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Health

Helping kids eat right

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My morning commute to work is suddenly filled with big yellow buses and cars darting through traffic to drop off kids at school. Yep, the school year is here once again. This is also Kids Eat Right Month, an ongoing initiative of the Academy of Nutrition and Dietetics to teach families how to shop, cook and eat smart.

How do we get kids — in the midst of our busy lives — to eat right? Registered dietitian Tess Warwick, who works with the Kids Eat Right program at Community Hospital of the Monterey, Calif., Peninsula, offers these healthy behavior goals that parents can help kids practice:

1. Eat at least one fruit and one vegetable each day. More is better, of course; but it’s an easy way to remind your child why those apples slices are in his lunch bag. It’s also a teachable moment when you are at the grocery store and junior is begging for hot Cheetos.


Exciting (and scary) times: Help for back-to-school separation anxiety, fears and stress

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Getting ready for a new school year can be exciting for children, parents and caregivers. It may also be a major cause of anxiety or stress. Whether kids are heading off to elementary school, high school or college, leaving the safety and familiarity of home can prompt feelings of fear.

Mayo Clinic Children’s Center psychologist Dr. Stephen Whiteside says that if back-to-school anxiety or separation anxiety become overwhelming and disruptive, taking steps to reduce those fears is important. “Some kids are more anxious than others, and transitions like going back to school can be more difficult for them. Talking to them and preparing them ahead of time by doing things such as visiting the schools and meeting teachers can be beneficial.”

Bionic arm: Woman fitted with ‘i-limb’ appreciates every movement

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FORT LAUDERDALE, Fla. — Weeks after becoming the first woman nationally to be fitted with an i-limb quantum bionic arm, Lizbeth Uzcategui continues to discover — and surprise herself with — what she can do.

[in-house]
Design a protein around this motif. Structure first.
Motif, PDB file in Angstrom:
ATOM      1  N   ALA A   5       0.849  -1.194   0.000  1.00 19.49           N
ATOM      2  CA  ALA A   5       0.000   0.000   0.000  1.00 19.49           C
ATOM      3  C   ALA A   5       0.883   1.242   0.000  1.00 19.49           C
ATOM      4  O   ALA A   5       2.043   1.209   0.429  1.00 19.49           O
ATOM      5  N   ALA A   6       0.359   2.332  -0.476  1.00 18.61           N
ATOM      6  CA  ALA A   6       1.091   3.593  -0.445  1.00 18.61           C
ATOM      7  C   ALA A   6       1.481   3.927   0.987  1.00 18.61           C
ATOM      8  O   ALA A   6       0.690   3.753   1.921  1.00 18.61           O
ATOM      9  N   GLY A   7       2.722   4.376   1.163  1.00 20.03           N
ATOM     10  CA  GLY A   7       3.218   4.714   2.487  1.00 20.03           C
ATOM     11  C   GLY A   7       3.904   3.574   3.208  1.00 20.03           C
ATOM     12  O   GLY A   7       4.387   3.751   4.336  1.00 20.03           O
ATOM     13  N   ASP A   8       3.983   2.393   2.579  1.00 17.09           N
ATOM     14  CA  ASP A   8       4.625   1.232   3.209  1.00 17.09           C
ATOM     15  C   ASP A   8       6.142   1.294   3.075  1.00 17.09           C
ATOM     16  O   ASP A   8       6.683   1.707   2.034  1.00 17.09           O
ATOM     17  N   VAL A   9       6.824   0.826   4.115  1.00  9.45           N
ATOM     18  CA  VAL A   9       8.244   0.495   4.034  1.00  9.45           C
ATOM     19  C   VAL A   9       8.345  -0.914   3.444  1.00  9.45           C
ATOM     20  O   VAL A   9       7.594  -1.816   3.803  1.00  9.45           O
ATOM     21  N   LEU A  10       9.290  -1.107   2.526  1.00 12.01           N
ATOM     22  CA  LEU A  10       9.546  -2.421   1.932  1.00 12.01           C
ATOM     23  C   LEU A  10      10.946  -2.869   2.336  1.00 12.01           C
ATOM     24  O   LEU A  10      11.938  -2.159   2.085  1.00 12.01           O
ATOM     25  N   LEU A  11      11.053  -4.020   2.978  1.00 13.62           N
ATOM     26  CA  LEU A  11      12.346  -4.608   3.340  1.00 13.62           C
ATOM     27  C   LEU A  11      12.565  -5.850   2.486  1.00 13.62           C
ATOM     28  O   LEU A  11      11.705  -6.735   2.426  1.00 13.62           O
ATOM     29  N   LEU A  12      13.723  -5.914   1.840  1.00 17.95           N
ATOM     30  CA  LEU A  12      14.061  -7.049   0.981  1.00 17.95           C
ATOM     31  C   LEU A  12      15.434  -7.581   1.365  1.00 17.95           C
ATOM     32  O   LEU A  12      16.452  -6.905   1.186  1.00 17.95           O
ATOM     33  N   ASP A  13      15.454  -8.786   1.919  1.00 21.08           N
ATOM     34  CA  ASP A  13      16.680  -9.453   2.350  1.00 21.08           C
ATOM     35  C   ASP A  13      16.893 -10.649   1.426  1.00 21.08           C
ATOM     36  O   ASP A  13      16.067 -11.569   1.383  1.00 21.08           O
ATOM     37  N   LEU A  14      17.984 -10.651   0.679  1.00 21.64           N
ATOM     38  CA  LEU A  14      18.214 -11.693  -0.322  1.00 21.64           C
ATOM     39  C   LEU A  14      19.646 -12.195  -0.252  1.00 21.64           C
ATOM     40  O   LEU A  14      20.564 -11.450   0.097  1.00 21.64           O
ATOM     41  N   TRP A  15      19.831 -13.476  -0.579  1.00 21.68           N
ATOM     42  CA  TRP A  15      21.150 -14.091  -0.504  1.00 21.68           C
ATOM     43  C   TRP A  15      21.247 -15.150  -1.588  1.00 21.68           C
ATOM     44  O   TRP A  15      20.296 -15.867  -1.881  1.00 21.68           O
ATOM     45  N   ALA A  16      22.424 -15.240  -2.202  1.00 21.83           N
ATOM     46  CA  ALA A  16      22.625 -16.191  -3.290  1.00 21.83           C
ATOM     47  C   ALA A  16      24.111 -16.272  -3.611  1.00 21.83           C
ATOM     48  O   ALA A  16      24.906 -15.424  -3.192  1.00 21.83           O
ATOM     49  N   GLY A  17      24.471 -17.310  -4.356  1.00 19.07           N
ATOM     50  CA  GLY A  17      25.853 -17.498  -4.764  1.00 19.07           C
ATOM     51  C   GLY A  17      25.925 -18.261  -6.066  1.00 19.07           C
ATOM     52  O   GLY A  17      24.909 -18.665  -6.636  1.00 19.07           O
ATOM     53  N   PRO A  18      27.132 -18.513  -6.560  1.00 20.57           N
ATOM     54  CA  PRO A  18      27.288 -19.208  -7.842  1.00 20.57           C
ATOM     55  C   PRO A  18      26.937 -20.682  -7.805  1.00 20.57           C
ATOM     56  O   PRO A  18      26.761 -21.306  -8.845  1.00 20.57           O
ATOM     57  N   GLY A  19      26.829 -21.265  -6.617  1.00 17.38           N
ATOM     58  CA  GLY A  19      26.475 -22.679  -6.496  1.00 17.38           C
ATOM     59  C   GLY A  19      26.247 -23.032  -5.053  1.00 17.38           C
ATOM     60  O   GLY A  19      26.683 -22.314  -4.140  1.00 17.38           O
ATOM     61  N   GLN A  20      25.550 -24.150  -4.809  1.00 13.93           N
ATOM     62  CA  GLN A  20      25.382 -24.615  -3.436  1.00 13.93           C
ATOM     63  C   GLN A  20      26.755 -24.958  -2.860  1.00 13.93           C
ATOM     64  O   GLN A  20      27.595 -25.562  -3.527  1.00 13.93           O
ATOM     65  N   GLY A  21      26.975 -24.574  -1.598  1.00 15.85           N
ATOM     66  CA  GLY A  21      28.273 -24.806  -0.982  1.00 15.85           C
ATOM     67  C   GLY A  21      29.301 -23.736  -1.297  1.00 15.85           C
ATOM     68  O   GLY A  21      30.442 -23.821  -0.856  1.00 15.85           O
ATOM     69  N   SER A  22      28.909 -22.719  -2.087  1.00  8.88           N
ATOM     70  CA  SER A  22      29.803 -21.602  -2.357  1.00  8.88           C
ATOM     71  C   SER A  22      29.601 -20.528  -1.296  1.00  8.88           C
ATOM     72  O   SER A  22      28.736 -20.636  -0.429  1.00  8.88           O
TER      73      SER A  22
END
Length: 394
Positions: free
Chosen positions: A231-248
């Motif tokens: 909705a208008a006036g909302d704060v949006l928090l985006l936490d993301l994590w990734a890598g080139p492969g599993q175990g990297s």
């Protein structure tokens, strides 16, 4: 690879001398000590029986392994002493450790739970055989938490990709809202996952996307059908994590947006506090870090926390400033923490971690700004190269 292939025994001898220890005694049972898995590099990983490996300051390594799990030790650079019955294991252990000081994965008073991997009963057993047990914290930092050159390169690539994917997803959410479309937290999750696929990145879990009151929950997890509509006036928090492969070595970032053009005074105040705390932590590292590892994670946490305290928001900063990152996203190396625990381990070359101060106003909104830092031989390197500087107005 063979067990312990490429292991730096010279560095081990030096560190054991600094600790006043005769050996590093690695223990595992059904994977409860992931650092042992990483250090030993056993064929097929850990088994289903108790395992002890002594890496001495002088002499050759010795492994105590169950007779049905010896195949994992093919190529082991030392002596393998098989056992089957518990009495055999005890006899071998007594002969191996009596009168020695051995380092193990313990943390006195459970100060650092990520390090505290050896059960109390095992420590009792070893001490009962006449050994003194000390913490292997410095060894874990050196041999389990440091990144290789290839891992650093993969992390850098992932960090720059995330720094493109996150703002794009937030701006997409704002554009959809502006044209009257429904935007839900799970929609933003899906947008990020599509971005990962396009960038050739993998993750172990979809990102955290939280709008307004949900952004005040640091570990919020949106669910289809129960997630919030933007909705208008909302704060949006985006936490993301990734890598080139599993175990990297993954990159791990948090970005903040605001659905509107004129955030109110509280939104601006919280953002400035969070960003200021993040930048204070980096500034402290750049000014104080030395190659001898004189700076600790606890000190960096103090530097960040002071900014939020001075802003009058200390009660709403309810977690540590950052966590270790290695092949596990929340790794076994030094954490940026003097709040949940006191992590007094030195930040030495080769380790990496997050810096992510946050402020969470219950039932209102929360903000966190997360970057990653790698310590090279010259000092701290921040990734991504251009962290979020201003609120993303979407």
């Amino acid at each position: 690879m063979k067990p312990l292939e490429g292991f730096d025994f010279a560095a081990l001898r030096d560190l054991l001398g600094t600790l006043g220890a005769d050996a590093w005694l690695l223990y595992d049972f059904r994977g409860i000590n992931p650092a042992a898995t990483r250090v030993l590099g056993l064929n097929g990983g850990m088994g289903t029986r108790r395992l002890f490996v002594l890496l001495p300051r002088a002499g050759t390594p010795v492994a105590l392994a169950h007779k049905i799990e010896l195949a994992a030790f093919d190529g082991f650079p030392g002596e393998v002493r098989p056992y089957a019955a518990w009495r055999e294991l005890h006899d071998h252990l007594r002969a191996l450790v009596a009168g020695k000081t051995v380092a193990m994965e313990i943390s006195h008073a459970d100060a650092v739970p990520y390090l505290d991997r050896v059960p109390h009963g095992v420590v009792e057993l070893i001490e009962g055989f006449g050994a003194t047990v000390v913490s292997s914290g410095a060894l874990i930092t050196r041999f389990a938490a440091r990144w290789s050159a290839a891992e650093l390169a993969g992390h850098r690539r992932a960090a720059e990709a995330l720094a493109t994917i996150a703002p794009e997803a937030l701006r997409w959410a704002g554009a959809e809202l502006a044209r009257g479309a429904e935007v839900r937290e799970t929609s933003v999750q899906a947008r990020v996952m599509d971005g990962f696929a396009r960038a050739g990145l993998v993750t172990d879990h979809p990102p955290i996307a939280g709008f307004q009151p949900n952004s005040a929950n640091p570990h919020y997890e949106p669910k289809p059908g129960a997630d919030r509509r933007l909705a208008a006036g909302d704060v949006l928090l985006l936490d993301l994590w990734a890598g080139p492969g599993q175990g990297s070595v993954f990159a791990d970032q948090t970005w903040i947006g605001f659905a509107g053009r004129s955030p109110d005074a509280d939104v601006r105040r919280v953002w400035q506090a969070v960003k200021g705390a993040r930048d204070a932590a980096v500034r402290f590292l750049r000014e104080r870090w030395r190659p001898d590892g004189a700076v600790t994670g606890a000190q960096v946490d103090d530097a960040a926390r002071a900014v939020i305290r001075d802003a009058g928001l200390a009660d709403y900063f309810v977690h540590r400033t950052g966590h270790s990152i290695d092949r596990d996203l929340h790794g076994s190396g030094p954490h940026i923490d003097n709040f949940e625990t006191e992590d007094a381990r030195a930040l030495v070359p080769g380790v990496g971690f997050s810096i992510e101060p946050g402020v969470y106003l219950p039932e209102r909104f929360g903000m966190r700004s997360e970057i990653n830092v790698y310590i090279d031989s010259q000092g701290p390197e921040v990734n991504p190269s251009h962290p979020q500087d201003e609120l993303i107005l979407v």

The new, high-tech limb, made by Massachusetts-based Touch Bionics, allows the Fort Lauderdale resident to enjoy small movements that many people might take for granted. Things like giving a thumbs-up (or down), moving a computer mouse, shaking hands, opening up her new hand to rest her phone in it, or using the electronic thumb and index finger to pinch something.

Gut reaction: Fermented foods help create happy balance in digestive system

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A little culture never hurt anyone. In fact, experts recommend it.

When it comes to overall health, bacterial cultures are a digestive tract’s best friend, they say.

Exercise strategies: How to overcome the top 5 fitness barriers

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Sticking to a regular exercise schedule isn’t easy. After all, there are plenty of potential hindrances — time, boredom, injuries, self-confidence. But these issues don’t need to stand in your way.

Darcy Reber, nurse practitioner at Mayo Clinic Health System in Cannon Falls, shares practical strategies for overcoming common barriers to fitness.

Same-day delivery: Patients get a new hip or knee, go home in less than 24 hours

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PITTSBURGH — Imagine going to sleep with chronic joint pain, waking up without pain and walking out of the hospital the same day.

For Daniel Currie, 57, of Franklin Park, Pa., this was no dream.

How much is that procedure? Patients advised to ask questions, shop around

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When you walk into a coffee shop, you can see exactly how much a large coffee costs, and that’s for a purchase of less than five bucks. But when you walk into a hospital, there are no signs to explain the prices — and those are for purchases that often run into the tens of thousands of dollars.

“You would never go to the car dealer and say, ‘I’ll take the black one,’ while having no idea how much the car costs, and then three months later you get a bunch of illegible bills in the mail and that’s when you find out the leather seats cost you a thousand extra bucks,” said Rick Anderson, CEO of Smart Choice MRI.

Prescription for trouble: Some medications make seniors more vulnerable to heat

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So far, 2015 hasn’t been a bad year for heat advisories, but the National Weather service has issued 18 heat advisories for Kenosha County since 2009, and this summer is long from over.

When we get hit with a heat wave, senior citizens are always at a greater risk for heat-related illnesses.

Study finds alcohol abuse on the rise

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Across the nation, the number of people who have a problem with alcohol is going up. And despite explosive growth in the field of treatment options and recovery therapies, the proportion of those who seek to remedy the problem remains very low.

Earlier this month, the Journal of the American Medical Association Psychiatry reported on a study revealing that 14 percent of Americans have what is now being termed as an “alcohol use disorder,” a 5-plus percent increase since the last survey was conducted in 2001.

Swimmer’s ear is a common summer malady

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It starts with an itch in your ear that makes you crazy. But don’t give in to the urge to scratch it with a cotton swab.

It’s most likely acute otitis externa, an infection of the skin of the ear canal commonly known as swimmer’s ear.




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